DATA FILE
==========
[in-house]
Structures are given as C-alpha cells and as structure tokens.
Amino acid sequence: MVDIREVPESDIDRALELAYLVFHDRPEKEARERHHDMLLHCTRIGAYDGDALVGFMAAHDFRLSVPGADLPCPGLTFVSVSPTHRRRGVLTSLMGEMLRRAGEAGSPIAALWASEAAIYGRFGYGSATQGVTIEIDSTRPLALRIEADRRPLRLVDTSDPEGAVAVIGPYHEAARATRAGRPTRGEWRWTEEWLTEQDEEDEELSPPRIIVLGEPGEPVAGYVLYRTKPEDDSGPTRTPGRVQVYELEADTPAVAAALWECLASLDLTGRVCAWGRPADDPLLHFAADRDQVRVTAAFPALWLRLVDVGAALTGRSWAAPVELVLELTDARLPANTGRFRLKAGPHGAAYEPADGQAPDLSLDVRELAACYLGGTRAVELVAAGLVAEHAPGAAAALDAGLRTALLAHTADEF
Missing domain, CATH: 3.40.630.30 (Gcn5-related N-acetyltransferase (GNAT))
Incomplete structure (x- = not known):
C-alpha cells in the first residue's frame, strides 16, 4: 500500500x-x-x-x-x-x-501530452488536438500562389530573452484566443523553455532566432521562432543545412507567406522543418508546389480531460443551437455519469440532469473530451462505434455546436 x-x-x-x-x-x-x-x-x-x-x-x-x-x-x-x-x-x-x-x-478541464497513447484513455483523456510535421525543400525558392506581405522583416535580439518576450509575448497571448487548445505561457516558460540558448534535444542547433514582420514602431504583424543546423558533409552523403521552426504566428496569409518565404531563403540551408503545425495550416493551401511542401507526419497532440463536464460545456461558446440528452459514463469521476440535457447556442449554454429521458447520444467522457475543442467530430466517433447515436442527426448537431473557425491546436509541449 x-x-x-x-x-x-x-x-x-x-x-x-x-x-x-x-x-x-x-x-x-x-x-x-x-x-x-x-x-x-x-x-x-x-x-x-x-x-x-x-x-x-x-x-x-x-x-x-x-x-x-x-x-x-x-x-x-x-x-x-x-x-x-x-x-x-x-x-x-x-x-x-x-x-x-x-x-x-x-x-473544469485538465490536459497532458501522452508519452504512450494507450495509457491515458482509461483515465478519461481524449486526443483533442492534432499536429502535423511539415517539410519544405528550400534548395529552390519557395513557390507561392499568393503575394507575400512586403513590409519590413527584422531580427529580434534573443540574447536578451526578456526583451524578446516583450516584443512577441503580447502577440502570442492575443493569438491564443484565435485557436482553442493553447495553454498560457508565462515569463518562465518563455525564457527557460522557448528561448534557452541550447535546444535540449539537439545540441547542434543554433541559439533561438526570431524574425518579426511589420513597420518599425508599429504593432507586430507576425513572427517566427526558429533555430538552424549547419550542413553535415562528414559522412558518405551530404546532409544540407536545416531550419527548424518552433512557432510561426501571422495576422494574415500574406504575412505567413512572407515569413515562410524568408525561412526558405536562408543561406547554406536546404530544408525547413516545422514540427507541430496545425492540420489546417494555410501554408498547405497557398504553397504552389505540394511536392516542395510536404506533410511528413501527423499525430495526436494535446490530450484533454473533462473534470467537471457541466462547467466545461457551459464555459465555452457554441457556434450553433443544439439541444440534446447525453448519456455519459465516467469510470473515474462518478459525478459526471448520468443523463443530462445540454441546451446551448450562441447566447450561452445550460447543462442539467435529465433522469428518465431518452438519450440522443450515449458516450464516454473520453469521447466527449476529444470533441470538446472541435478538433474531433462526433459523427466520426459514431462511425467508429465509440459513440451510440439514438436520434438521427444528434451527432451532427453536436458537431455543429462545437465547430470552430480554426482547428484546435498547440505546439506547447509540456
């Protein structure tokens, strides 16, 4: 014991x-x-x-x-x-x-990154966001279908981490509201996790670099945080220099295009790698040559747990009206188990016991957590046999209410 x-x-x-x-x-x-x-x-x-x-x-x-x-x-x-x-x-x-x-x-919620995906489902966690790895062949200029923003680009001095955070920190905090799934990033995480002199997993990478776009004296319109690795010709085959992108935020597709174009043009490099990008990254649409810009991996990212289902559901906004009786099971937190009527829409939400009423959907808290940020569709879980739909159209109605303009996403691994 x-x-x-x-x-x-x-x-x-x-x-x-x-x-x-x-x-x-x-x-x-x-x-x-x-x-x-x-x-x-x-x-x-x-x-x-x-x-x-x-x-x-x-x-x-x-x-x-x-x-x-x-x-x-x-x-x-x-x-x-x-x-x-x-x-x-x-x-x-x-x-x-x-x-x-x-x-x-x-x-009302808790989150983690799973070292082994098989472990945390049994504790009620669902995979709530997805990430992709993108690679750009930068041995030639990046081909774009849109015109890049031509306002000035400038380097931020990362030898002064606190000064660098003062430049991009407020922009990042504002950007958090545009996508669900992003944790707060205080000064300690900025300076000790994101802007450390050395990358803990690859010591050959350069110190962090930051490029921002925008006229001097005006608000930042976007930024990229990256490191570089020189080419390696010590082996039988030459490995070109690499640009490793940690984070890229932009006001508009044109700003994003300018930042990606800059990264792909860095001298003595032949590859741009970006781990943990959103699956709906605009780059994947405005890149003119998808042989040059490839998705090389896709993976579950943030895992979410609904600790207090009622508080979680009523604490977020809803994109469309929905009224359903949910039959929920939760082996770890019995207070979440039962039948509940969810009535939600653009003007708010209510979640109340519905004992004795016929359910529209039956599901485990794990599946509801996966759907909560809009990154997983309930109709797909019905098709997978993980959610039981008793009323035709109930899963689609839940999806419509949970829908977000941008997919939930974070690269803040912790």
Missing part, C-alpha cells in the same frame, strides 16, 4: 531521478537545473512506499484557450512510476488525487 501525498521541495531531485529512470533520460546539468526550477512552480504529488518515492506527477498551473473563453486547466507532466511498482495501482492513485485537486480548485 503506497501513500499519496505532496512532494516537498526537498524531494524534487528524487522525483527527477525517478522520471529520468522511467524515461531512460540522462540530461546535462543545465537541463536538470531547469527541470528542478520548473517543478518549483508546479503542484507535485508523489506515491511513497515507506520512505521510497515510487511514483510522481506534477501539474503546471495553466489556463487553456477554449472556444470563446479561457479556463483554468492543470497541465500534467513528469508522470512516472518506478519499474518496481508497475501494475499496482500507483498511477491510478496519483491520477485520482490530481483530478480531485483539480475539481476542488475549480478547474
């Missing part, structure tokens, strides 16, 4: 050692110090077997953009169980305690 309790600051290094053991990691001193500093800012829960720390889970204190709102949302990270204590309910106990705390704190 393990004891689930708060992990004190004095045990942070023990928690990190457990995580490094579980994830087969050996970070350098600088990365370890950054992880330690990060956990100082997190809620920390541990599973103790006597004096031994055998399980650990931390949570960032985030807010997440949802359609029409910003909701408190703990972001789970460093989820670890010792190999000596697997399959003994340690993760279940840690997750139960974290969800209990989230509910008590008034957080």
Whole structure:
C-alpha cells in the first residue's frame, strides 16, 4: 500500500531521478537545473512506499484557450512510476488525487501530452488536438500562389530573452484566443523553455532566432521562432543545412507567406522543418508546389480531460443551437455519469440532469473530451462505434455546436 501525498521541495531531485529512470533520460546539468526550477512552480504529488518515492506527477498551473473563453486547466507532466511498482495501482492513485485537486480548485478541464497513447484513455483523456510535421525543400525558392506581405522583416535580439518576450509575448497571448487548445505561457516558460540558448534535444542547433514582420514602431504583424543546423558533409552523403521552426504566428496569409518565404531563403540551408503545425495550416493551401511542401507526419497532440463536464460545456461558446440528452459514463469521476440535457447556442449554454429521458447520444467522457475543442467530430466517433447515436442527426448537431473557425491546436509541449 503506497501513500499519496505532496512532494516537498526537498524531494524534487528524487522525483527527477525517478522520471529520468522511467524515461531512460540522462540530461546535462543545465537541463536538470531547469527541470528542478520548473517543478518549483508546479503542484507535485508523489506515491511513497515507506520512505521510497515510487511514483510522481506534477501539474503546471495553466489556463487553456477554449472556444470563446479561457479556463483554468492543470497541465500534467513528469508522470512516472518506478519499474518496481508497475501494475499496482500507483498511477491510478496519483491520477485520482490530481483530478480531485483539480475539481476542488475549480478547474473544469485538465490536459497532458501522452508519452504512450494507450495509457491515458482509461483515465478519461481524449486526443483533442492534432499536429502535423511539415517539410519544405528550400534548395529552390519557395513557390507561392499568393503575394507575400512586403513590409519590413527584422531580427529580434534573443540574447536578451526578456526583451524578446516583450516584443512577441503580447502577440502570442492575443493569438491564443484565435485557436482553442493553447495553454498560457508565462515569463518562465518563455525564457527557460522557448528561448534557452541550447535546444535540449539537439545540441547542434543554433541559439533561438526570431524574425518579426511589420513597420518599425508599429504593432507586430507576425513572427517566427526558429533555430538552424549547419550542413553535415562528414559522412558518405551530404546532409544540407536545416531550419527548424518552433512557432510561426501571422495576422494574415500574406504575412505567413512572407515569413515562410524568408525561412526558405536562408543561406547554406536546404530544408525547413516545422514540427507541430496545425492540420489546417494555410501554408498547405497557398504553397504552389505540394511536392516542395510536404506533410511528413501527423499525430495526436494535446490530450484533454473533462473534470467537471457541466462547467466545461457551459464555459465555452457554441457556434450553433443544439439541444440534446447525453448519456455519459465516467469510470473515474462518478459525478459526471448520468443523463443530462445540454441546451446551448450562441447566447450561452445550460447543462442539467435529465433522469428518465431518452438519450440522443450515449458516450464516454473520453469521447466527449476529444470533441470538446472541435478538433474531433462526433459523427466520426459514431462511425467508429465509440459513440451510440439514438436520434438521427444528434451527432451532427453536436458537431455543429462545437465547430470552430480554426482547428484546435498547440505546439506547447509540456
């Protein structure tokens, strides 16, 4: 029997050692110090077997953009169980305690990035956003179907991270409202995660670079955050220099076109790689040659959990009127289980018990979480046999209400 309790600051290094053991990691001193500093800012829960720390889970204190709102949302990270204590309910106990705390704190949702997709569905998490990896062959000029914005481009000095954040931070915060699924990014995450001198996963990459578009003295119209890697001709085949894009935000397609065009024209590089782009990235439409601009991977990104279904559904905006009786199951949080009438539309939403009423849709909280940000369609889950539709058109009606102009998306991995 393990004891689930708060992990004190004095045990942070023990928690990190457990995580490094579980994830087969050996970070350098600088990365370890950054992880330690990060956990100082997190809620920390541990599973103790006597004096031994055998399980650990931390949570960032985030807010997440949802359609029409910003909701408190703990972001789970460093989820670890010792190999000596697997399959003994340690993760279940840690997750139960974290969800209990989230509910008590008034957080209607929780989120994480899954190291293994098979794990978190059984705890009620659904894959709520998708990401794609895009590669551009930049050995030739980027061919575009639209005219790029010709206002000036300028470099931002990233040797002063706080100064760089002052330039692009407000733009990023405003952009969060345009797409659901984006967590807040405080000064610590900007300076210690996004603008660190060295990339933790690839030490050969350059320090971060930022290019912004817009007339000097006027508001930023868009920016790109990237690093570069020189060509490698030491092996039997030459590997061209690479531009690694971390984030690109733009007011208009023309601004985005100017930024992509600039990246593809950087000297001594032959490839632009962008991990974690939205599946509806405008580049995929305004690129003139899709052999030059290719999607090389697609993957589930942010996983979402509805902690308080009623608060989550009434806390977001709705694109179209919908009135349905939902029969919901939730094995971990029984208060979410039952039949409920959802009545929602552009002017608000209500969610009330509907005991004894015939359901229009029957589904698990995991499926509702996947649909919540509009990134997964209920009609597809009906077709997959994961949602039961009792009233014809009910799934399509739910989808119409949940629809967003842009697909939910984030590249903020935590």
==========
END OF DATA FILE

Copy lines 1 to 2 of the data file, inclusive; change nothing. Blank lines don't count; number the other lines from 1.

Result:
[in-house]
Structures are given as C-alpha cells and as structure tokens.